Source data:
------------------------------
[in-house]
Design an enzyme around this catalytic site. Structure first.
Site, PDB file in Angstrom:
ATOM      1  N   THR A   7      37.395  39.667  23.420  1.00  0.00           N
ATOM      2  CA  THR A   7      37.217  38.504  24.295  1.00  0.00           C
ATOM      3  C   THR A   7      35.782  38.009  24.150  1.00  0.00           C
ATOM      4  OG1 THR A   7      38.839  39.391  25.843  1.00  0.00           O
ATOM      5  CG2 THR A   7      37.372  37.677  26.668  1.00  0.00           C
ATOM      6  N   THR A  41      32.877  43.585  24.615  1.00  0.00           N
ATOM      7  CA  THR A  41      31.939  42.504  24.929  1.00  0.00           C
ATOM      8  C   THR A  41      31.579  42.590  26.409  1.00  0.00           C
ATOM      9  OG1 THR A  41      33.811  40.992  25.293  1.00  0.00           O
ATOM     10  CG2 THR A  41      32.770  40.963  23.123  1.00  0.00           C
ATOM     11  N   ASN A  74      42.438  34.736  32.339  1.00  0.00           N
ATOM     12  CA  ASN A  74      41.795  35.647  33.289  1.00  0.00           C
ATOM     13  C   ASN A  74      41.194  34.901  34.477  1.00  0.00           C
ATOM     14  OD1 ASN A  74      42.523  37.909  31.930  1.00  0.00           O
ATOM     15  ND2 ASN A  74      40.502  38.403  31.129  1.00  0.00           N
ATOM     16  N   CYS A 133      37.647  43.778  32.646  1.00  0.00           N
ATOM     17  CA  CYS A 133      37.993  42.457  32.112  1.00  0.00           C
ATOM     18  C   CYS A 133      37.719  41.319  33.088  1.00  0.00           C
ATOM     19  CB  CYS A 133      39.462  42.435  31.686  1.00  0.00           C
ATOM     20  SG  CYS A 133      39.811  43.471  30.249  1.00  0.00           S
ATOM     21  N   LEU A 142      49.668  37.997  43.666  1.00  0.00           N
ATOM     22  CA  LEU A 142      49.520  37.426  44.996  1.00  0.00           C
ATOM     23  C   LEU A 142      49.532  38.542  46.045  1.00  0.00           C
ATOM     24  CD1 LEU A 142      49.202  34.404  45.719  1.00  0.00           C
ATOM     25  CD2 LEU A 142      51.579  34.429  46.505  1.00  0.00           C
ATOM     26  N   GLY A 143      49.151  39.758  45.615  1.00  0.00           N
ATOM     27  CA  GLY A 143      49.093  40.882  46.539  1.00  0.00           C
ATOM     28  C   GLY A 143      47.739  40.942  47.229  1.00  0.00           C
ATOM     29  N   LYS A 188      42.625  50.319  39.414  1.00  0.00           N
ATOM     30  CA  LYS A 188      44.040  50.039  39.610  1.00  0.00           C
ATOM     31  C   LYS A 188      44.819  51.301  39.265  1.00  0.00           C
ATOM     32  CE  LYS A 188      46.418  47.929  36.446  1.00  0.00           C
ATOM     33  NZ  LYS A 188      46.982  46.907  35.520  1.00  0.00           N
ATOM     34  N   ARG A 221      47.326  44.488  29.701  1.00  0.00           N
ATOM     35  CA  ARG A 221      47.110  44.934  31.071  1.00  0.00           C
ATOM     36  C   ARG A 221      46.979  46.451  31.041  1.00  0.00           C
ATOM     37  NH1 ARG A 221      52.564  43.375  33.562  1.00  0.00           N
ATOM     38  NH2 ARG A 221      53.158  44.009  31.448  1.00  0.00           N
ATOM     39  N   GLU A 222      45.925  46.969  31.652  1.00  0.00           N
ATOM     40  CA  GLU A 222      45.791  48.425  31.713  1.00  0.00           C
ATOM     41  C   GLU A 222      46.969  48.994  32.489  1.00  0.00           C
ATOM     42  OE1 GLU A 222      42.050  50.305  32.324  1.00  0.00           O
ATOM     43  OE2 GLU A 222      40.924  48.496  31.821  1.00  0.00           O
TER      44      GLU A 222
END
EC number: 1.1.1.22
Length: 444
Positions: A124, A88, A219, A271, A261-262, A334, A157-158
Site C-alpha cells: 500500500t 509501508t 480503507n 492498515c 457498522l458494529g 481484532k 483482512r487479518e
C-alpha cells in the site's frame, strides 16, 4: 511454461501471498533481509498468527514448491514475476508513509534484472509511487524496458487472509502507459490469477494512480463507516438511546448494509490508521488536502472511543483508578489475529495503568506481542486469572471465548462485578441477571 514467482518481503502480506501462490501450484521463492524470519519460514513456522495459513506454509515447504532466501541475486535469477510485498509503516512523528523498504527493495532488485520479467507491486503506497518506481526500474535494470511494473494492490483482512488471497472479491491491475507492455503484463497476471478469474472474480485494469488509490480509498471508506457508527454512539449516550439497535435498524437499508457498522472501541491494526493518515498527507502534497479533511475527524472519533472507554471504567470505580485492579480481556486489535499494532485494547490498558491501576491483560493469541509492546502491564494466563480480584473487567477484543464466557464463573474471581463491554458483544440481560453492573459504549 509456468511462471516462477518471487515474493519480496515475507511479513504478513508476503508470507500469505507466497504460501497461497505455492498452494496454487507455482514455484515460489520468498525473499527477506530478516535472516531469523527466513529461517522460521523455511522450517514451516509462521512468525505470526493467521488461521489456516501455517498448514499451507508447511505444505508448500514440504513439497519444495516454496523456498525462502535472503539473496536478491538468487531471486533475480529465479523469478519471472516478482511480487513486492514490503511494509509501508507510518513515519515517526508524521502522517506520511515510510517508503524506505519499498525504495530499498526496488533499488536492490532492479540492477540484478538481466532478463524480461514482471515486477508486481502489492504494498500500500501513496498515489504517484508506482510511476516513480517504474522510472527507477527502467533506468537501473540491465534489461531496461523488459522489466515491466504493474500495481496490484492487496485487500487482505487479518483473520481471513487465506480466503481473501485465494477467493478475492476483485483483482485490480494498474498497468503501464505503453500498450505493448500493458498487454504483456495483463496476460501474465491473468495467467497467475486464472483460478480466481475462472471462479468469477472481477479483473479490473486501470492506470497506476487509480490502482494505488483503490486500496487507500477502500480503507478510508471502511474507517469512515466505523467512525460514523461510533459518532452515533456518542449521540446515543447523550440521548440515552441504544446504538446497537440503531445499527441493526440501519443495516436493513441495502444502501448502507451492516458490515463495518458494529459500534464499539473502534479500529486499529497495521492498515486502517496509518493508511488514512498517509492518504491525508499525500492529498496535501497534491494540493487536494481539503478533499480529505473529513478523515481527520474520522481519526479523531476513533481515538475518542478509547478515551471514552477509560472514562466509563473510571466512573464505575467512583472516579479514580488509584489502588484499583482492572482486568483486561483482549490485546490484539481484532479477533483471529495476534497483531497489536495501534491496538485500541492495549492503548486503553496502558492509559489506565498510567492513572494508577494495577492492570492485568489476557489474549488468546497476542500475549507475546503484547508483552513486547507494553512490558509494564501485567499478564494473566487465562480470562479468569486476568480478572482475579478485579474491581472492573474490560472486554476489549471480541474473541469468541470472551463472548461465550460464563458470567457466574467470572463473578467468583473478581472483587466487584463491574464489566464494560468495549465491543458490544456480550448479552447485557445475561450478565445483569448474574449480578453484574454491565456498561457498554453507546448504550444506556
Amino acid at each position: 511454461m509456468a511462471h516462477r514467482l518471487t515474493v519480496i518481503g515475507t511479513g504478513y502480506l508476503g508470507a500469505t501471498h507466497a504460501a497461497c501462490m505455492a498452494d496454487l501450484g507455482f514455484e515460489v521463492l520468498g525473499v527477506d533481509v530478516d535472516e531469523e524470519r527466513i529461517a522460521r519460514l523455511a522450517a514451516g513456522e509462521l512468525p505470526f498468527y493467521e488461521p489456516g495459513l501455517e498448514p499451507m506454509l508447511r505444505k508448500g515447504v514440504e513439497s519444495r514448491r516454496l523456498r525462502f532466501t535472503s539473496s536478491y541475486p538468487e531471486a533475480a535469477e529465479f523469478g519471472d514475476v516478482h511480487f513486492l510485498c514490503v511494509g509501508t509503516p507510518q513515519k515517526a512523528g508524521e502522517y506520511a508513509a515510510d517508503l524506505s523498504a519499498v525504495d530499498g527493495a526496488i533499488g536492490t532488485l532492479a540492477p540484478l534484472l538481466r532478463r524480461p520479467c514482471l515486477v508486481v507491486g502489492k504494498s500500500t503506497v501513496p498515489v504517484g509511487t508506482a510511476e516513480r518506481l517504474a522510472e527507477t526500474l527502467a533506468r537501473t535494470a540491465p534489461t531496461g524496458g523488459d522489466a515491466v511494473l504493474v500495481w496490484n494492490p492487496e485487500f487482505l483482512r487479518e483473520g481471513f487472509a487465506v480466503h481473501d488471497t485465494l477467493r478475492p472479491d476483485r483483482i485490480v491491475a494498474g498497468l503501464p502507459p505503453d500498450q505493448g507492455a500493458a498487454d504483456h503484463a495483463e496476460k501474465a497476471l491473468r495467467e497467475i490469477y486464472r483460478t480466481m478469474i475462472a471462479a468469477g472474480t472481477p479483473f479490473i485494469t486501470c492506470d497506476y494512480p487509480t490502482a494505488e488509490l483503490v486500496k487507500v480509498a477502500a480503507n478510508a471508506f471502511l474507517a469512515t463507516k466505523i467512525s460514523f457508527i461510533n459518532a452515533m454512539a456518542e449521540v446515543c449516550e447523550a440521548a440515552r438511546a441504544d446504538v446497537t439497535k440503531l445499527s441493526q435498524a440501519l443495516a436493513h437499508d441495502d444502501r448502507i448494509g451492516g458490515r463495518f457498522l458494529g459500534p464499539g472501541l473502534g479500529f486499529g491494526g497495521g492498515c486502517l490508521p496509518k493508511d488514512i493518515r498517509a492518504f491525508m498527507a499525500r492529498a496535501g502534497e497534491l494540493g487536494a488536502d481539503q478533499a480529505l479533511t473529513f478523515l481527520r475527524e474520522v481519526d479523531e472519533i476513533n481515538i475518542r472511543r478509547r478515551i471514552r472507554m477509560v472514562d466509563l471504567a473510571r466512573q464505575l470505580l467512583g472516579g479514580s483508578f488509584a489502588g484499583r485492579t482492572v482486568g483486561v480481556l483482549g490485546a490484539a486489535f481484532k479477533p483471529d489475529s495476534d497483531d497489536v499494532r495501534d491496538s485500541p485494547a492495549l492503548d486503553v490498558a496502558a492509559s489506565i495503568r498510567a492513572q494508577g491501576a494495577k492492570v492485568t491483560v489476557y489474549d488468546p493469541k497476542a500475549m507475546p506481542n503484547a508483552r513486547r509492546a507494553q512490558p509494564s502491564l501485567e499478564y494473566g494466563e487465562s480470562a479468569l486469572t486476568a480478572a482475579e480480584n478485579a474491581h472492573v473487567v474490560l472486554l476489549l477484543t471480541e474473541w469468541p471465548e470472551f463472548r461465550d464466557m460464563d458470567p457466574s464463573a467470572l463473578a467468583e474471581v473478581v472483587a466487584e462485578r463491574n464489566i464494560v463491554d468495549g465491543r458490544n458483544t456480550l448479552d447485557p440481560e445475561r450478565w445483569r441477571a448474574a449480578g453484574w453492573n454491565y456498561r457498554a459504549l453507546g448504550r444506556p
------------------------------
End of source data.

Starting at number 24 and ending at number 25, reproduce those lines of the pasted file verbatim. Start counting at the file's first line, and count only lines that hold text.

ATOM     21  N   LEU A 142      49.668  37.997  43.666  1.00  0.00           N
ATOM     22  CA  LEU A 142      49.520  37.426  44.996  1.00  0.00           C